Reference : Immunocytochemical localization of aromatase in sensory and integrating nuclei of the...
Scientific journals : Letter to the editor
Life sciences : Zoology
Social & behavioral sciences, psychology : Neurosciences & behavior
http://hdl.handle.net/2268/11636
Immunocytochemical localization of aromatase in sensory and integrating nuclei of the hindbrain in Japanese quail (Coturnix japonica)
English
Evrard, H. C. [> > > >]
Harada, N. [> > > >]
Balthazart, Jacques mailto [Université de Liège - ULg > Département des sciences biomédicales et précliniques > Biologie de la différenciation sexuelle du cerveau >]
May-2004
Journal of Comparative Neurology
Wiley Liss, Inc.
473
2
194-212
Yes (verified by ORBi)
International
0021-9967
New York
[en] estrogens ; reproduction ; sensory system ; nociception ; serotonin ; catecholamine
[en] The distribution of the estrogen synthesizing enzyme (aromatase) in the hindbrain (rhombencephalon and mesencephalon) of male adult quail was investigated by immunocytochemistry. Aromatase-immunoreactive neuronal structures (perikarya and fibers bearing punctate structures) were observed in sensory (trigeminal, solitary tract, vestibular, optic tectum) and integrating (parabrachial, periaqueductal, cerulean, raphe) nuclei. Besides the expression of aromatase in these well-delineated nuclei, dense to scattered networks of immunoreactive fibers were found dispersed throughout the hindbrain and, in particular, in its rostral and dorsal parts. To a lesser extent, they were also present throughout the premotor nuclei of the reticular formation and in various fiber tracts. In contrast, no immunoreactive signal was found in motor nuclei, and in most of the statoacoustic (cerebellum, cochlear, olive, pontine, part of vestibular) nuclei. The expression of aromatase in perikarya and fibers in areas of the adult hindbrain where estrogen receptors have been identified previously suggests a role for estrogens locally produced in the regulation of sensory and integrating functions, contrary to the widespread assumption that these functions are regulated exclusively by steroids produced in the gonads. (C) 2004 Wiley-Liss, Inc.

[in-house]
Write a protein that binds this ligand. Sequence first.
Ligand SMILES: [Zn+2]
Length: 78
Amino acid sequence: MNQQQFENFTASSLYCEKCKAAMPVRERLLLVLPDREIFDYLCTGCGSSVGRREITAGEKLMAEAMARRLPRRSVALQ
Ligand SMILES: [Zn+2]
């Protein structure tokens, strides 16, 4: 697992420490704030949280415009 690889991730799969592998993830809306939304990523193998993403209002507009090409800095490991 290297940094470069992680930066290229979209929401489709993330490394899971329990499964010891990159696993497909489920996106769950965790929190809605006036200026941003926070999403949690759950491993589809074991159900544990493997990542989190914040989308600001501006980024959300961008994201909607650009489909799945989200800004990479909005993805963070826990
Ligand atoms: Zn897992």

http://hdl.handle.net/2268/11636

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